Skin-nontumor / Clinical Dermatology
Pityriasis rubra pilaris
Reviewer: Mowafak Hamodat, MB.CH.B, MSc., FRCPC, Eastern Health, St. Johns, Canada (see Reviewers page)
Revised: 1 August 2011, last major update August 2011
Copyright: (c) 2002-2011, PathologyOutlines.com, Inc.
● Rare, chronic, papulosquamous dermatosis of unclear etiology
● Salmon-colored scaly patches, affecting elbows/knees or entire body, usually adults > age 40 years
● 61 year old man (Dermatol Online J 2003;9:6)
● Salmon-colored scaly patches surrounding normal skin
● Divided into five types: classic adult, atypical adult, classic juvenile, circumscribed or atypical juvenile
Entire body affected except trunk
● Biopsy from non-follicular lesion consists of alternating orthokeratosis and parakeratosis in both vertical and horizontal directions
● Focal or confluent hypergranulosis, thick suprapapillary plate, broad epidermal ridges, narrow dermal papillae and perivascular lymphocytic infiltrate in the superficial dermis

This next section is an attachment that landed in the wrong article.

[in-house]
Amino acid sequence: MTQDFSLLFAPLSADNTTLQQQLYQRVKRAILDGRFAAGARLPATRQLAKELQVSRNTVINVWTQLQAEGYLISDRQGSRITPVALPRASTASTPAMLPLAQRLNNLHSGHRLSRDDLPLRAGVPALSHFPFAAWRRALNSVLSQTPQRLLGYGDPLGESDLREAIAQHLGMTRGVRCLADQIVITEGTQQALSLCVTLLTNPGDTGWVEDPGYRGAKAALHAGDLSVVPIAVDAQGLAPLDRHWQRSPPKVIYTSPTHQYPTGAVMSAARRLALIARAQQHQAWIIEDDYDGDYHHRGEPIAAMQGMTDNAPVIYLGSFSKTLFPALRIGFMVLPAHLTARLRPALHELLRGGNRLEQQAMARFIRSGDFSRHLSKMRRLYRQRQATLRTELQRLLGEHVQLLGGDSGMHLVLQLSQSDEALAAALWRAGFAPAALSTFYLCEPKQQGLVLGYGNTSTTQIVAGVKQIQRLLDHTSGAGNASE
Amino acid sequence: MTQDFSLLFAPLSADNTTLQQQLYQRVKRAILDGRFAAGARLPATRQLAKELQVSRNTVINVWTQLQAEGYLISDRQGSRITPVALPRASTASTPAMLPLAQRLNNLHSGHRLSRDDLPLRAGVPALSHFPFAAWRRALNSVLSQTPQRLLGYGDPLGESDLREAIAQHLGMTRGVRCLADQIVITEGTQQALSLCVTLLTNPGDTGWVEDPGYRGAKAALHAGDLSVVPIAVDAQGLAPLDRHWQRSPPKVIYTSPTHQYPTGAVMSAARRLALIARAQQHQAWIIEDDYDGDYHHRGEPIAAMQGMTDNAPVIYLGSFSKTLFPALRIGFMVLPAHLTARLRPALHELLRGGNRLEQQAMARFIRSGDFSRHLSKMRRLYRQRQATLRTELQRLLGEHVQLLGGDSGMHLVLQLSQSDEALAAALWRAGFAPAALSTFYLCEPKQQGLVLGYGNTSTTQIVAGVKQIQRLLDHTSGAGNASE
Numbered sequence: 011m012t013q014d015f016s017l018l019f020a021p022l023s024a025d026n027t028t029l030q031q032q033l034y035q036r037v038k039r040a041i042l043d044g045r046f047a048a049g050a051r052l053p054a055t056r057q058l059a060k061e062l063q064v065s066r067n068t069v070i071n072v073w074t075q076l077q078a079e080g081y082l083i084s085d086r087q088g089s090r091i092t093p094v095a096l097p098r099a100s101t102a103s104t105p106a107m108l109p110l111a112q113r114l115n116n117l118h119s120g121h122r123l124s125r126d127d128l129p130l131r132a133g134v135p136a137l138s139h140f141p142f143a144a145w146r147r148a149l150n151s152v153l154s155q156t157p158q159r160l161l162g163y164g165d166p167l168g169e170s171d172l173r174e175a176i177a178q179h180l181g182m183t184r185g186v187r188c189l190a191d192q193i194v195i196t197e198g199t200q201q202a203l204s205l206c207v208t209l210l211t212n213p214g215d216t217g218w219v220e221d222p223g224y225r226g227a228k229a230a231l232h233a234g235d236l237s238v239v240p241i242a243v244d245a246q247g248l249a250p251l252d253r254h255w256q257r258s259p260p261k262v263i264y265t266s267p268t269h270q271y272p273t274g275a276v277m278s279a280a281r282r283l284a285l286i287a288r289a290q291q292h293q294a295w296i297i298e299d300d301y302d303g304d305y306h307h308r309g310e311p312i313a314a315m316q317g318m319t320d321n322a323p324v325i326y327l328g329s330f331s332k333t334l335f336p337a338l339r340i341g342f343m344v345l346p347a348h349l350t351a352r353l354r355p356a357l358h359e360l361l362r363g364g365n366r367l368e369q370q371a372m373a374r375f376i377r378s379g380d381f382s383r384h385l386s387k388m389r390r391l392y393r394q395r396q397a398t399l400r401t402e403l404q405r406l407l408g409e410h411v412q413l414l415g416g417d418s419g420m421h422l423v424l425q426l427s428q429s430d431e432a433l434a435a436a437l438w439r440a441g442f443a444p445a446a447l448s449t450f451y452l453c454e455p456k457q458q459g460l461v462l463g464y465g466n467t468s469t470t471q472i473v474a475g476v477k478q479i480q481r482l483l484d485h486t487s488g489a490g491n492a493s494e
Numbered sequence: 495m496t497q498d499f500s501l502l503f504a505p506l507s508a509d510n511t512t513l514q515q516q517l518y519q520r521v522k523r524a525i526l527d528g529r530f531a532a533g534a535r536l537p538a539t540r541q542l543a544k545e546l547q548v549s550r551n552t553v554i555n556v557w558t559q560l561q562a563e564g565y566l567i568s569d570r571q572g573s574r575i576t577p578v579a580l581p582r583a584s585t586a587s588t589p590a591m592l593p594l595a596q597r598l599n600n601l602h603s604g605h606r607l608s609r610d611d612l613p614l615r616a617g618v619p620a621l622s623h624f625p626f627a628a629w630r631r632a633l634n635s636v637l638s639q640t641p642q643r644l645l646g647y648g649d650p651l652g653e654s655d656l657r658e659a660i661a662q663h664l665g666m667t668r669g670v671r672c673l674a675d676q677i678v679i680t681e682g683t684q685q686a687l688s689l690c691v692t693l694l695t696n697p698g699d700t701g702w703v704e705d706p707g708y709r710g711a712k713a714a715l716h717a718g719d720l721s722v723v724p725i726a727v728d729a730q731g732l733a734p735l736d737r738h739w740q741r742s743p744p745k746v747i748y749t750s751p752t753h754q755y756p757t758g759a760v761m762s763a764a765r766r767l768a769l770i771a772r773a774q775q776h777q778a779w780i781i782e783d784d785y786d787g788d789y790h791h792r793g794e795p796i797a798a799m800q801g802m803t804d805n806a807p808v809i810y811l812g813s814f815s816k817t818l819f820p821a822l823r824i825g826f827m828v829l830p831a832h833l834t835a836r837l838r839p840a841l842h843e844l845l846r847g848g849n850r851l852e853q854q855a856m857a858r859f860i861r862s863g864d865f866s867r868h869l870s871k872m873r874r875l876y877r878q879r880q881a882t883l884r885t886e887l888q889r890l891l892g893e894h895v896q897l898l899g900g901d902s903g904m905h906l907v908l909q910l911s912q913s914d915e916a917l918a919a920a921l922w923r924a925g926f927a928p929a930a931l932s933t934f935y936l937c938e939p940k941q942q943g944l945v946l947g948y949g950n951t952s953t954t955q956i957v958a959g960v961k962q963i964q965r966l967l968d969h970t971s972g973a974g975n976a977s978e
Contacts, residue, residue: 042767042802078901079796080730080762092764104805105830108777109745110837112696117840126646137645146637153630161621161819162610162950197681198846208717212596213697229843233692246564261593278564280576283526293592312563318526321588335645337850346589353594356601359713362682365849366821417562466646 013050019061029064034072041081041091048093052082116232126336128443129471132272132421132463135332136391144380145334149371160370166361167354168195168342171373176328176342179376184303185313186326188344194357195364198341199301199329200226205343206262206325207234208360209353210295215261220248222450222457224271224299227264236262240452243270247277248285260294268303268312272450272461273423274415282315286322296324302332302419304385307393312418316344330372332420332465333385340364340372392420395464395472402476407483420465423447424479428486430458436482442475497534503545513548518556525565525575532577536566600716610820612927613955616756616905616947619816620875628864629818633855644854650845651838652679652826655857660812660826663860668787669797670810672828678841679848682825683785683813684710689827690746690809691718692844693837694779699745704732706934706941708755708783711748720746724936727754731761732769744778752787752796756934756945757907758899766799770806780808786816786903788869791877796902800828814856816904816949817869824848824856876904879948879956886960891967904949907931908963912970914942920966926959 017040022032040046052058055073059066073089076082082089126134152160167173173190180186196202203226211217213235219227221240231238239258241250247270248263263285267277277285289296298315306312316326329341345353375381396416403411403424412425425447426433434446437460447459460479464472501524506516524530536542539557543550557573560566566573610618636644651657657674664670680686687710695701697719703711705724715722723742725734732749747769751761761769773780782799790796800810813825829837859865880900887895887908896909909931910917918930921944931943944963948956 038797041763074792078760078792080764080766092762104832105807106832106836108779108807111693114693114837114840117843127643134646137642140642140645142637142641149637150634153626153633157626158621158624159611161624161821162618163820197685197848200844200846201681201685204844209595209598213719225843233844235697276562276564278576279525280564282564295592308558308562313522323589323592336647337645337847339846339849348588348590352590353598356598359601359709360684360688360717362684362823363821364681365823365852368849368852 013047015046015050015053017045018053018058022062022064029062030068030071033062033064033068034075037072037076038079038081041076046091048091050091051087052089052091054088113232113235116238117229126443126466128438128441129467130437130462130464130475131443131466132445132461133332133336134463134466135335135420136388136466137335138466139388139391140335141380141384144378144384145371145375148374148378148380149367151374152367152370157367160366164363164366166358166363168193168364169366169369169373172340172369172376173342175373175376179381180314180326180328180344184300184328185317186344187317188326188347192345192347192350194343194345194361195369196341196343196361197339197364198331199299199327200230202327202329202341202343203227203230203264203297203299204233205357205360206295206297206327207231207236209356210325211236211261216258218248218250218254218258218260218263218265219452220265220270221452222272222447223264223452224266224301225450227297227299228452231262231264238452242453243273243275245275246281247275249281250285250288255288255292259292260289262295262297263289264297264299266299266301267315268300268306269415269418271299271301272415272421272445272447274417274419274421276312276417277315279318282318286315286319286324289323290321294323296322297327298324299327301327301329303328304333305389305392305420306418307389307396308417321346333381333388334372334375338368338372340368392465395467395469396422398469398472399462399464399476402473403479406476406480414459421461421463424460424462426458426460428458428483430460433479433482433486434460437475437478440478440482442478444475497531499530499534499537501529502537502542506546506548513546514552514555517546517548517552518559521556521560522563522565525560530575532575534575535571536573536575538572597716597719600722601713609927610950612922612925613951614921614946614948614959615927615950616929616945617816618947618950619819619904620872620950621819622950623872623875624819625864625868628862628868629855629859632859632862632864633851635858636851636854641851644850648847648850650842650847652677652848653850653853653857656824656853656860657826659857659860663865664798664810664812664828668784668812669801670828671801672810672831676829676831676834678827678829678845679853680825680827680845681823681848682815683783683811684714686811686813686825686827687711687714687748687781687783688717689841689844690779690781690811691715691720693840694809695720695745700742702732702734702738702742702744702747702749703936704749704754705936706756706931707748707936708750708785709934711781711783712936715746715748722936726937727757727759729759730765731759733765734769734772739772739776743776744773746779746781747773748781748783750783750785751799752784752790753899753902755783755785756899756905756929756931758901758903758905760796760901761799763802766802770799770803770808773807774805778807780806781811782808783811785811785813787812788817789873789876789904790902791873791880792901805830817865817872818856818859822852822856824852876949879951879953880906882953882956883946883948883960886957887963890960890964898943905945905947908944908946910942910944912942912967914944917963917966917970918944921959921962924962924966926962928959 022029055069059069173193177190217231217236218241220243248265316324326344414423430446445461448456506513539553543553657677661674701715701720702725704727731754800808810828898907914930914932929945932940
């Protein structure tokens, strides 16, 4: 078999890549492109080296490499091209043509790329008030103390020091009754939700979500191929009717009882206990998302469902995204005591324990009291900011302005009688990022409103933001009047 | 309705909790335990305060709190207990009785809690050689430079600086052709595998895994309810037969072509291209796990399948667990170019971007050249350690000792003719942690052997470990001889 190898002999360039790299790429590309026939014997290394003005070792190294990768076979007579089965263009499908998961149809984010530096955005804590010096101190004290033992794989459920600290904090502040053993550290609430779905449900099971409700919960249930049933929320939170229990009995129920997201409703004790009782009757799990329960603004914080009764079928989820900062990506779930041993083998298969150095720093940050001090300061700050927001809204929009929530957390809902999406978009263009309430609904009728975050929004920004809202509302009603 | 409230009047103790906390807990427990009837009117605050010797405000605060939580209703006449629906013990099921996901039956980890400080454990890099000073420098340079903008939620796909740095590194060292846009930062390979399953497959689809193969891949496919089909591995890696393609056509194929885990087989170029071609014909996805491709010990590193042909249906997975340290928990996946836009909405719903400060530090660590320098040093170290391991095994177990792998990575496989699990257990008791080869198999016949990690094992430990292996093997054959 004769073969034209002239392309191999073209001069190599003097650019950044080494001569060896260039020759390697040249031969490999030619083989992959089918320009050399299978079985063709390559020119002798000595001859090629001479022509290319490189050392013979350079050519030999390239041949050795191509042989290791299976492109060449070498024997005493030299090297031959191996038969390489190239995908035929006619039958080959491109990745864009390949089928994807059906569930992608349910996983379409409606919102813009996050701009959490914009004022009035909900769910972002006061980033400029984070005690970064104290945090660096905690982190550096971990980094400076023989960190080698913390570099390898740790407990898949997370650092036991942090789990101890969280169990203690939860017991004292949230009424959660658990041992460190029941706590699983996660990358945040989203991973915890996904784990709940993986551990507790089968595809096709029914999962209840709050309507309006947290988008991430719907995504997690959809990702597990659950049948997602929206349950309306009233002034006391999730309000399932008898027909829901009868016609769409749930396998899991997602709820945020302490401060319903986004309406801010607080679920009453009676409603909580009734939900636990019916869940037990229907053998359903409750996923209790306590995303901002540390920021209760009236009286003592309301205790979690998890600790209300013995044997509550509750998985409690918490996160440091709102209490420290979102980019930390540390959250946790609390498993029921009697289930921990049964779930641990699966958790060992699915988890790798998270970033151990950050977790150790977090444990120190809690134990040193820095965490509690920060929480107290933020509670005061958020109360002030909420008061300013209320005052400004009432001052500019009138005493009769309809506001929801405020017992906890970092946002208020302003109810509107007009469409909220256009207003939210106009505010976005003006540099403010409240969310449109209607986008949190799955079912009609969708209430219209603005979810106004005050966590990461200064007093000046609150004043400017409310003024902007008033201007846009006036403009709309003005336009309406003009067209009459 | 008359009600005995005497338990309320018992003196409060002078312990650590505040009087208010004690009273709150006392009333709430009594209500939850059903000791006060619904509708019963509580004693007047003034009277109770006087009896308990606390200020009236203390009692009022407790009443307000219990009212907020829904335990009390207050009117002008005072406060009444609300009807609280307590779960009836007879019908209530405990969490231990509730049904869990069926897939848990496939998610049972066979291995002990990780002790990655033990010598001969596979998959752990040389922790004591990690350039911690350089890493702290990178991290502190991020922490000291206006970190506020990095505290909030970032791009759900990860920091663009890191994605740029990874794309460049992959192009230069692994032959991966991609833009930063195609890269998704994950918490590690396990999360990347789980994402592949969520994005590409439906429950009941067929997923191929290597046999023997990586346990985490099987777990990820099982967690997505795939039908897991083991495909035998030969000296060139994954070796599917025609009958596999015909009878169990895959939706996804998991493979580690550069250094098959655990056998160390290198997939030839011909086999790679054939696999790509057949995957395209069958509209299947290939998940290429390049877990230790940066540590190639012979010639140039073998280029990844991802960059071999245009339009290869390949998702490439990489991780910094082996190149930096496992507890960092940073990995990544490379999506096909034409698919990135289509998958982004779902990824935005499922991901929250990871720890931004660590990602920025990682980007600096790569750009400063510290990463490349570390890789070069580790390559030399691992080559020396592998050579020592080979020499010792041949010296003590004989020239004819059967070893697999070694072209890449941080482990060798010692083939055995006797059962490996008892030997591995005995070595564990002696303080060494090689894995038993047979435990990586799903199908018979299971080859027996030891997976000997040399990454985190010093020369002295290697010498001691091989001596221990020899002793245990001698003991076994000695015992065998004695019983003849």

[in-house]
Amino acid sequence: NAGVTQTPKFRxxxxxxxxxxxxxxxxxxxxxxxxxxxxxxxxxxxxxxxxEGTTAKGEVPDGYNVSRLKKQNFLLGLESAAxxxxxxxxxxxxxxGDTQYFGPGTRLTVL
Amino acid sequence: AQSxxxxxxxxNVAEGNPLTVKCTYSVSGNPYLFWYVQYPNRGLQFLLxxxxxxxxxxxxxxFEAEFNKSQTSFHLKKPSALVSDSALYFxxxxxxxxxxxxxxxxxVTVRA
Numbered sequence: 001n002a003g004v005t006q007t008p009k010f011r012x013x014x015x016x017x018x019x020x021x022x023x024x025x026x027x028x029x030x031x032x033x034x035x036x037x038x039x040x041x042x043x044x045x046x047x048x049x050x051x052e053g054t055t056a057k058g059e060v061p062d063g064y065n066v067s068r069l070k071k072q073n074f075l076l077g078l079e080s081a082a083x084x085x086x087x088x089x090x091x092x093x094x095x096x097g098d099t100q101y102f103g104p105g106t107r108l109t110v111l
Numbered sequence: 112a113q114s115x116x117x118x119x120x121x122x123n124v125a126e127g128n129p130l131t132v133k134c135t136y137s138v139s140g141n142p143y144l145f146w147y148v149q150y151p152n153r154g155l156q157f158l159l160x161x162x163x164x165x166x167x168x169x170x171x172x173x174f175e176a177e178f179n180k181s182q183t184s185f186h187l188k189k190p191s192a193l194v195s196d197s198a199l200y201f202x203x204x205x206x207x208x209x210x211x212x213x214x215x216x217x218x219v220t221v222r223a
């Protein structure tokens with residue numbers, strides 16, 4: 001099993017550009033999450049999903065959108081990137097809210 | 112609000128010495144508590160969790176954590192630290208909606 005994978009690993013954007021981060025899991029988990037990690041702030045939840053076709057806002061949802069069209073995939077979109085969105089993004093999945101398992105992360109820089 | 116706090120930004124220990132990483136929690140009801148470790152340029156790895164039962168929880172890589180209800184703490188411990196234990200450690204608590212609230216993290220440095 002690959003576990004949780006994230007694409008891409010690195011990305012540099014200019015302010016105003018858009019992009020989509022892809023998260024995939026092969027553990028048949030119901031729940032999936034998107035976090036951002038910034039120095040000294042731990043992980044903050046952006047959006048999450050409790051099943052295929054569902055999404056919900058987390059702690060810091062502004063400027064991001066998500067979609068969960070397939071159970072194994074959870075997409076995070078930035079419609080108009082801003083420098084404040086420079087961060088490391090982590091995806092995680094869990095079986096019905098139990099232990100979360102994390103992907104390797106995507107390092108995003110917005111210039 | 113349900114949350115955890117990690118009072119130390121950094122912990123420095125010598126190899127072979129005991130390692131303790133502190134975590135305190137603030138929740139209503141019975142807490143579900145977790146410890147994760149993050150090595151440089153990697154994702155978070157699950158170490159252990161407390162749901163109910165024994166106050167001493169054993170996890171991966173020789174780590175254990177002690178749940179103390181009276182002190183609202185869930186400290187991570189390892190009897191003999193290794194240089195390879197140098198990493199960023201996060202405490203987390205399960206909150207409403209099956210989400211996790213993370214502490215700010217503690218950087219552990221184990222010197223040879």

● Small numbers of plasma cells and eosinophils may be present
● Superficial blood vessels may appear slightly dilated
● Occasionally, mild spongiosis with scattered intraepidermal lymphocytes
● In early lesions, parakeratosis is poorly developed and lamellar ortho hyperkeratosis predominates; hypergranulosis is present and rete ridges are broadened and slightly elongated; the suprapapillary plate may be mildly thickened
● Psoriasis: acanthosis is more marked, and often strikingly regular, rete are thin and often fused, supapapillary plate is thinned, parakeratosis is usually confluent and characteristic collections of neutrophils are seen in overlying parakeratotic stratum corneum associated with spongiform degeneration of the underlying superficial epidermis
● AOCD; eMedicine
End of Skin-nontumor / Clinical Dermatology > Other dermatoses > Pityriasis rubra pilaris
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